Steven Soderbergh’s upcoming biopic “Che” is getting mixed word out of Cannes
, with some saying it’s in the running for the festival’s top prize, the Palm d’Or, and others, like Variety’s Anne Thompson, who called the film a “noble failure”.
Those in Cannes
saw the film as Soderbergh intended: as a four-hour epic in two parts, “The Argentine” and “Guerilla”. When the film is released for U.S. audiences, they may not see it that way.
A four-hour epic sends a shudder up the spines of both studios and distributors alike as they can’t show the film as many times per day and perhaps as evidenced by last year’s “Grindhouse”, audiences may not want to sit through long films with clear breaks in the first place. I remember when I went to see “Grindhouse” last year, people walked out of the theatre after “Planet Terror” and didn’t stay for “Death Proof”. Those fuckers were wrong but I can guarantee you that they provided poisonous word of mouth to Rodriguez and Tarantino’s great double-feature.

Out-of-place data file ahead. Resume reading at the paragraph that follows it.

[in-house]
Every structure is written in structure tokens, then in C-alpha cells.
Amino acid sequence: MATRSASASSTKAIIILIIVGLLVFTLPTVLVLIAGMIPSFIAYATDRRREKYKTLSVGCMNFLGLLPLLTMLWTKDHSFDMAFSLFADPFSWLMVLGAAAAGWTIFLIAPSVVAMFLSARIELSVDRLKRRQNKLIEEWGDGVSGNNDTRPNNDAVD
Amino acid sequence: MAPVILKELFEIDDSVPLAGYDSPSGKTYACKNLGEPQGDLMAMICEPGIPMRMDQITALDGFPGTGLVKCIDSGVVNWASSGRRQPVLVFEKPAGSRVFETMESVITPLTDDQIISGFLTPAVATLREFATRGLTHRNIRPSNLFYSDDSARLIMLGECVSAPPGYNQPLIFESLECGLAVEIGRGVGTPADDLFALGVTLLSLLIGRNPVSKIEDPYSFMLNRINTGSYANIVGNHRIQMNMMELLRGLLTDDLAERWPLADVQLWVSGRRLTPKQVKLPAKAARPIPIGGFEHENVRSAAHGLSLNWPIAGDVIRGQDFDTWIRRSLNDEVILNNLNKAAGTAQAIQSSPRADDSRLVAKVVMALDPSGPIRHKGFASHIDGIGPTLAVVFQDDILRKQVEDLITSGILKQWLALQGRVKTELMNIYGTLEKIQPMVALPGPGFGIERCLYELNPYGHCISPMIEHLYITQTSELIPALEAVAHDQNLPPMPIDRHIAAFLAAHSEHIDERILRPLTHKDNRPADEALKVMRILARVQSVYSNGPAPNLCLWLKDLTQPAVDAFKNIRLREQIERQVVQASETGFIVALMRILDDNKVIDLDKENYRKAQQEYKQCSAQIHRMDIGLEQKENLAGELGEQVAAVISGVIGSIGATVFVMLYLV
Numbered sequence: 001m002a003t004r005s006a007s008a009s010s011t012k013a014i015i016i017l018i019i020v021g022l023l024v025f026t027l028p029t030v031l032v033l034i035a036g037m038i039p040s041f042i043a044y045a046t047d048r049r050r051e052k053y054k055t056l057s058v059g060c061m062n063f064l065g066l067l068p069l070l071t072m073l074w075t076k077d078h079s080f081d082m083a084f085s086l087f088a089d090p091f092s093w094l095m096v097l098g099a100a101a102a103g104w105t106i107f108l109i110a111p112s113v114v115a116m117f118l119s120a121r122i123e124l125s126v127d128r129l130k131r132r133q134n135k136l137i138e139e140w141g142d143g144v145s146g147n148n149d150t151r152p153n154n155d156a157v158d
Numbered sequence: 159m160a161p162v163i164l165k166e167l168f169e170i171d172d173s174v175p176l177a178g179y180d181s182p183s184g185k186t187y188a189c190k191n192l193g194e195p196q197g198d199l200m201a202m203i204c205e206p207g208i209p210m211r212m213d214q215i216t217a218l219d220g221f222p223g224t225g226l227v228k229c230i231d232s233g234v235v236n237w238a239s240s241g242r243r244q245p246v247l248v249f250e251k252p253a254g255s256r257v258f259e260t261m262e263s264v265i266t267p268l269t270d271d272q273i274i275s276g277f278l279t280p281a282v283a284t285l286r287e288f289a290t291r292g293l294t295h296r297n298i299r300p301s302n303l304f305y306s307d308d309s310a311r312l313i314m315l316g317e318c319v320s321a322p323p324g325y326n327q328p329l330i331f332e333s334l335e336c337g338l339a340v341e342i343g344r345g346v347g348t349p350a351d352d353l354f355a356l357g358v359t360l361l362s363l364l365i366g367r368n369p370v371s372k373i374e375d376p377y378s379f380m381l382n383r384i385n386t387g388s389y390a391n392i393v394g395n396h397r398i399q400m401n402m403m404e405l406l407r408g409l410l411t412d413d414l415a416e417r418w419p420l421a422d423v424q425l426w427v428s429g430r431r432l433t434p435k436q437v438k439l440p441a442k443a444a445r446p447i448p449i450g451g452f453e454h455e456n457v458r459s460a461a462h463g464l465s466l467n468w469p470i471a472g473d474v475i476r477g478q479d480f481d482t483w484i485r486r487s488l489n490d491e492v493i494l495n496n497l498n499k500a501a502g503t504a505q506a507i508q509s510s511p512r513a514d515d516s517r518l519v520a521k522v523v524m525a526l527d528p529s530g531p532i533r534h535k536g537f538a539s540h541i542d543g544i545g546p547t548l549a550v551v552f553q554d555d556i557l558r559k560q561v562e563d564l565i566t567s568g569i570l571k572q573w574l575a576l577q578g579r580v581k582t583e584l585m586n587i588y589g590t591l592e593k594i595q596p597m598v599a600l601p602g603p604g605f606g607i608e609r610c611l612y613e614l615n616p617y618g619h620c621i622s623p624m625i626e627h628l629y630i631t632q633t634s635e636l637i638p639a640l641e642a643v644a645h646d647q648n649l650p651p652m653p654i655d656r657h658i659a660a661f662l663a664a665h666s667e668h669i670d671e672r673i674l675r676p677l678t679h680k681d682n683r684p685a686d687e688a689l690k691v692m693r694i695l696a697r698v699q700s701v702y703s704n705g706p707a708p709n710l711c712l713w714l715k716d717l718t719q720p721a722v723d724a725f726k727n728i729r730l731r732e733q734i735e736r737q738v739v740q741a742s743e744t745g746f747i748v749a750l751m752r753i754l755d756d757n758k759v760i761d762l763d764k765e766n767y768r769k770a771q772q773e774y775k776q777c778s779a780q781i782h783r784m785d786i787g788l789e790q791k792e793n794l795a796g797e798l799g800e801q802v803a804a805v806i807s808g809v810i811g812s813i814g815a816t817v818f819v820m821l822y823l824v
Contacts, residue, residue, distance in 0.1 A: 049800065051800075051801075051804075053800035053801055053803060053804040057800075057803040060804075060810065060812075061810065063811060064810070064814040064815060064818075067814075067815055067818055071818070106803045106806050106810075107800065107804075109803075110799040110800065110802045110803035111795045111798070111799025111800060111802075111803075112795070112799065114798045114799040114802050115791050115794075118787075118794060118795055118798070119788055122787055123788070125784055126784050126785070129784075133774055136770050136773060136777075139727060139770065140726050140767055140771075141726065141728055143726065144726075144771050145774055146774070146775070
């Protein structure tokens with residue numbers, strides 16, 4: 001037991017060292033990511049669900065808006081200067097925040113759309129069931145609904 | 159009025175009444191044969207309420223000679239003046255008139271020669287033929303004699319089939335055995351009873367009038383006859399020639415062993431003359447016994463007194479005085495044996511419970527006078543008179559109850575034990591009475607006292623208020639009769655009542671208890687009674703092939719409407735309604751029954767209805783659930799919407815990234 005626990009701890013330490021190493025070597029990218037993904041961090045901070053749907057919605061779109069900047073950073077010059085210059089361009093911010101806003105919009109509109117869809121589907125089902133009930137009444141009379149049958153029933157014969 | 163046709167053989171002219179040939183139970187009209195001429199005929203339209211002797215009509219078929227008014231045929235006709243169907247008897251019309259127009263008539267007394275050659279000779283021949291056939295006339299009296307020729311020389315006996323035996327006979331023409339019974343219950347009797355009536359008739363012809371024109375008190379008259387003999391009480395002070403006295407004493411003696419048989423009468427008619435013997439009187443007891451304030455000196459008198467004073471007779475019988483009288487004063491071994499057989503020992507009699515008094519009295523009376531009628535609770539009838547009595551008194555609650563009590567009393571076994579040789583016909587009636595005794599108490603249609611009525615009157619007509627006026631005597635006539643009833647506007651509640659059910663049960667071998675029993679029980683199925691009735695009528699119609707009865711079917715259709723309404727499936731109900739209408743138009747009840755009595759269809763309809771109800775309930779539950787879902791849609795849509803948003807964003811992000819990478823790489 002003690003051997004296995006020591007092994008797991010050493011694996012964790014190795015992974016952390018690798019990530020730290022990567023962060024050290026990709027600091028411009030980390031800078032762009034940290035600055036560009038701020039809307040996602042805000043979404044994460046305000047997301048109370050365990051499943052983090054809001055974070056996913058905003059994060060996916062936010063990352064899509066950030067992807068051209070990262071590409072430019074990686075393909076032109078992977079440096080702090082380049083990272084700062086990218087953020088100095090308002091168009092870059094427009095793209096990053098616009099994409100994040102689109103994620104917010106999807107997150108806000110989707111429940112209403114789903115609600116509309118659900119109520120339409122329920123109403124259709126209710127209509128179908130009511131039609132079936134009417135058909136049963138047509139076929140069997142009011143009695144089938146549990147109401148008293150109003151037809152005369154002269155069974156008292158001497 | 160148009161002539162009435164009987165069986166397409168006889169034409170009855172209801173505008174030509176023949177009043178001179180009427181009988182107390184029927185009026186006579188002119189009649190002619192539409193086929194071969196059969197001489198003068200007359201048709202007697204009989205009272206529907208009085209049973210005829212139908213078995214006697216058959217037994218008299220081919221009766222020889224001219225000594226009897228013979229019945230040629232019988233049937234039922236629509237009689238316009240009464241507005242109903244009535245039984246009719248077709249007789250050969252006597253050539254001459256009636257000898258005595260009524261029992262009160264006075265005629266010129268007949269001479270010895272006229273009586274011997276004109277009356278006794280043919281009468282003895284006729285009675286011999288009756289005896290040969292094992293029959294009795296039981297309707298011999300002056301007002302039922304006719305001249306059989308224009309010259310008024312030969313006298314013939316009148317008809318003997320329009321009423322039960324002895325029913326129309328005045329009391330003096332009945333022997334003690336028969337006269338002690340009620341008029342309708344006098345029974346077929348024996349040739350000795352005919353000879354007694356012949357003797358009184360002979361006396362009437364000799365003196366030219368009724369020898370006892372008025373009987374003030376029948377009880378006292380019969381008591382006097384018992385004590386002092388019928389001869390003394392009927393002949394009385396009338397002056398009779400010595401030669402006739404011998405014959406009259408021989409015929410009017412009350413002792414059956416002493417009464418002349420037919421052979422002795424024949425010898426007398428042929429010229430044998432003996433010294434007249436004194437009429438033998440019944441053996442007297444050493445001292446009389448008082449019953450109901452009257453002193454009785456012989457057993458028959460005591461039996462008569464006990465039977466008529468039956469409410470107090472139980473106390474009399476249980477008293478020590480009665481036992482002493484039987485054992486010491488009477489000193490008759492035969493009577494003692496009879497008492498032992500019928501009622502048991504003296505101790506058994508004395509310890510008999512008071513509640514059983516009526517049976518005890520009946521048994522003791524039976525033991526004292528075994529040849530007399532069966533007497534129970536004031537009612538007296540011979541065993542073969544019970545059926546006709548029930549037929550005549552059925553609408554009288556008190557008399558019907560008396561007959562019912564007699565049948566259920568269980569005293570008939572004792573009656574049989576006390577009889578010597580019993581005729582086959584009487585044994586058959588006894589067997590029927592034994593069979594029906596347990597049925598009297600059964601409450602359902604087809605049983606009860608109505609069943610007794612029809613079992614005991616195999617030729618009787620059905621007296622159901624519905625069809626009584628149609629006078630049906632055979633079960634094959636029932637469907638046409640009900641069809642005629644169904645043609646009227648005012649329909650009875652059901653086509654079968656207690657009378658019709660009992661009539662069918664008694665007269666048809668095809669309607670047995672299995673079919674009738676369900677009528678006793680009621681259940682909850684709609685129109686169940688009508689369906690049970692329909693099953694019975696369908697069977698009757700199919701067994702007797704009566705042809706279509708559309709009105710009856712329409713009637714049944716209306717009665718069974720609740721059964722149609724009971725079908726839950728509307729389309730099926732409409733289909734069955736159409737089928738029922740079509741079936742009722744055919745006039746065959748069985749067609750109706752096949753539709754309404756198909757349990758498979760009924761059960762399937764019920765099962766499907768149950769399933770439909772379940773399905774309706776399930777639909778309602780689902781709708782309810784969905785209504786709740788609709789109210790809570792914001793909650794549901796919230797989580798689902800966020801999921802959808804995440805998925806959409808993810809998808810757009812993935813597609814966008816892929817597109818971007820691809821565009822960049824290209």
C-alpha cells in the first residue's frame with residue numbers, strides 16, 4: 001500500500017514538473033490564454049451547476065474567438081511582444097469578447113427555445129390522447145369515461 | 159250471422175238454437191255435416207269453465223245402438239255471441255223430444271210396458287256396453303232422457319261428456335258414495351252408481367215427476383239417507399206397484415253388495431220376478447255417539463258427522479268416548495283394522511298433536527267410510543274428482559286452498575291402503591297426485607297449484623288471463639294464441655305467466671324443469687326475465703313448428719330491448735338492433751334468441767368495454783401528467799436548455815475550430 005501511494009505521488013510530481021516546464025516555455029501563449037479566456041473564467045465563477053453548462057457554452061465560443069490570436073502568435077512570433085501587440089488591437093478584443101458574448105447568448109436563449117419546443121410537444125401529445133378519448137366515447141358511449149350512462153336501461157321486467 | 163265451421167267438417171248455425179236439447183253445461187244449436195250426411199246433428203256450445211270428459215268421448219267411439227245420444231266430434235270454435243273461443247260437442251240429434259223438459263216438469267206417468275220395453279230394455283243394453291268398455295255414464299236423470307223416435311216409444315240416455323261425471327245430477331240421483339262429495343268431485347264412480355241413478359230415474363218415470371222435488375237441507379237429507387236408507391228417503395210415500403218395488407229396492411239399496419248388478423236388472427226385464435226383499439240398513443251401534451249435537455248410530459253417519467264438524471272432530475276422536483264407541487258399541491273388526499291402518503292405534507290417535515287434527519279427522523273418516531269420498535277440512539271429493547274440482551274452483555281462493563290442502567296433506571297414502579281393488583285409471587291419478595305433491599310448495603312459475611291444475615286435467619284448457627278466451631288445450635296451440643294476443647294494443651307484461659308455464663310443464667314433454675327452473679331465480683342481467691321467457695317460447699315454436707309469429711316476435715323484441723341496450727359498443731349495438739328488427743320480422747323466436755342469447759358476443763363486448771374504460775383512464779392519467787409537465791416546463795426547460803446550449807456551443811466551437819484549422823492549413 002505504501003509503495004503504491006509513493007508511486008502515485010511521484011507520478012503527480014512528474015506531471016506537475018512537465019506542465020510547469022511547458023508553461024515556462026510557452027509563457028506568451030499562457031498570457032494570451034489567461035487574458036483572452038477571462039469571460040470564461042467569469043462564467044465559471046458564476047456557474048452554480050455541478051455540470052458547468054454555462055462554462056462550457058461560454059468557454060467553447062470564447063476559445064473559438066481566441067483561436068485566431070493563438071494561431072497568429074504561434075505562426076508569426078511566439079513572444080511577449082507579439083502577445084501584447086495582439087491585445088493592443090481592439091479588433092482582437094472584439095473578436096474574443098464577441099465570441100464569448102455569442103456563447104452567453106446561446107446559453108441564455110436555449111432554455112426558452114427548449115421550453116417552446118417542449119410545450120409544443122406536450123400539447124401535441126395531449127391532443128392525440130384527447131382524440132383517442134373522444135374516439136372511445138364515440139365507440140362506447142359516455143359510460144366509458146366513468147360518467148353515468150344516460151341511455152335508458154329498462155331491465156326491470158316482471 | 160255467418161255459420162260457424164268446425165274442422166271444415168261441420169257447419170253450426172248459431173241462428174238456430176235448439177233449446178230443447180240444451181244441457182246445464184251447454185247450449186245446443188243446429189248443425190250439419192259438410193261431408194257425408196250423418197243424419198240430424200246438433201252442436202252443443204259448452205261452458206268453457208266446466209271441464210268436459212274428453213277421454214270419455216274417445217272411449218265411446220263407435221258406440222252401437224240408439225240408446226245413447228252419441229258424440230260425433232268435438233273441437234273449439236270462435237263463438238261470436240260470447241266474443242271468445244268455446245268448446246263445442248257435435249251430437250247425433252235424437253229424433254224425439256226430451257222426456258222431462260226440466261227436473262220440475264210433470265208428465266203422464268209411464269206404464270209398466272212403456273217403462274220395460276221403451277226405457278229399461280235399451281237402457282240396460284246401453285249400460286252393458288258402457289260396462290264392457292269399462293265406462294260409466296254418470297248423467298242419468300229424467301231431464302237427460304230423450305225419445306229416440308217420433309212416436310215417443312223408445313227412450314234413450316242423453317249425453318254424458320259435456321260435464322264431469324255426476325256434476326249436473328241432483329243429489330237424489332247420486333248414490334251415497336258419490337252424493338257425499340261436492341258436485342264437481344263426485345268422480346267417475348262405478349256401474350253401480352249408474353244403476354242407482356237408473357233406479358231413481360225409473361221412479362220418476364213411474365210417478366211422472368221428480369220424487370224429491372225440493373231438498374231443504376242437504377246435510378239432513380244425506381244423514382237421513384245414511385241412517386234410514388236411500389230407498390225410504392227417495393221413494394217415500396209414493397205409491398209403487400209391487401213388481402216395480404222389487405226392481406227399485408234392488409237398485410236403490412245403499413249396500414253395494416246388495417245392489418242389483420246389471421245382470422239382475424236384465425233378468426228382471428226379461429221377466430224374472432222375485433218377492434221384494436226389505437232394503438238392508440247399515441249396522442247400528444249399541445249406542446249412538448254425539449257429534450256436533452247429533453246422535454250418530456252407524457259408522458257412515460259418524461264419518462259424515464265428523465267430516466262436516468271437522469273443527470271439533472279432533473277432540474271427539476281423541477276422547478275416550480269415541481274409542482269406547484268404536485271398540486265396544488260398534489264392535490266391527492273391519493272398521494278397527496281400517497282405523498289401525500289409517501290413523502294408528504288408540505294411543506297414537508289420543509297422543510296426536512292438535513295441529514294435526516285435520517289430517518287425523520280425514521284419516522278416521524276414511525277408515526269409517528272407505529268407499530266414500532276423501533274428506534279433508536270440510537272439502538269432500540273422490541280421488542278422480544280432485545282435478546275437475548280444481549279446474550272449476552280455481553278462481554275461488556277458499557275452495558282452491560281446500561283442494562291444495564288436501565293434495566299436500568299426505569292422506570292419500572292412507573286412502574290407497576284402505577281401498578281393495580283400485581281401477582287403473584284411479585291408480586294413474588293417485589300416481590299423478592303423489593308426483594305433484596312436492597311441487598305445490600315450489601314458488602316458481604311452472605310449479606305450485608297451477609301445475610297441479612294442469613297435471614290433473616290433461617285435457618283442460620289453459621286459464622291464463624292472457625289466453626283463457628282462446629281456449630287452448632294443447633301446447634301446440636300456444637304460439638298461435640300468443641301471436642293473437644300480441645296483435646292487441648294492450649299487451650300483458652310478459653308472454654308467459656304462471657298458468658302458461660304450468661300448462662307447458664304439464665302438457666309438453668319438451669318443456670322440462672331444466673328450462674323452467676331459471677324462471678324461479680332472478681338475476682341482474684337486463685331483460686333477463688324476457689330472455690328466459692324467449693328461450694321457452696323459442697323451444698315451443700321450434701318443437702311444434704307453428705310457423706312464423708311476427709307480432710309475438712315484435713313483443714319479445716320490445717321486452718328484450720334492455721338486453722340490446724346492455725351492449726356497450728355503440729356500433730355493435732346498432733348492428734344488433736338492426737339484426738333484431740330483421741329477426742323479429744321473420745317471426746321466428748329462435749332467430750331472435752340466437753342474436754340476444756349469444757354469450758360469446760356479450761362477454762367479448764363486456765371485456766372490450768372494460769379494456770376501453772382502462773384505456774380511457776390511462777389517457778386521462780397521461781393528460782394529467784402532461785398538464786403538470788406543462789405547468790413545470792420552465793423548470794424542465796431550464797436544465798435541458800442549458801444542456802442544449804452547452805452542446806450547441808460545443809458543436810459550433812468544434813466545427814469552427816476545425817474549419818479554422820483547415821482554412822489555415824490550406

Soderbergh, however, is willing to strike a compromise, where the film would be released in its uncut four-hour form for the first week of release and then afterwards, it could be broken into separate releases, “The Argentine” and “Guerilla”. For Soderbergh, such a release would be an “event”. For me, such a release structure seems to be a win all around.
Information from a Variety article was used to write this story. Click here to find out why we don’t link to them anymore.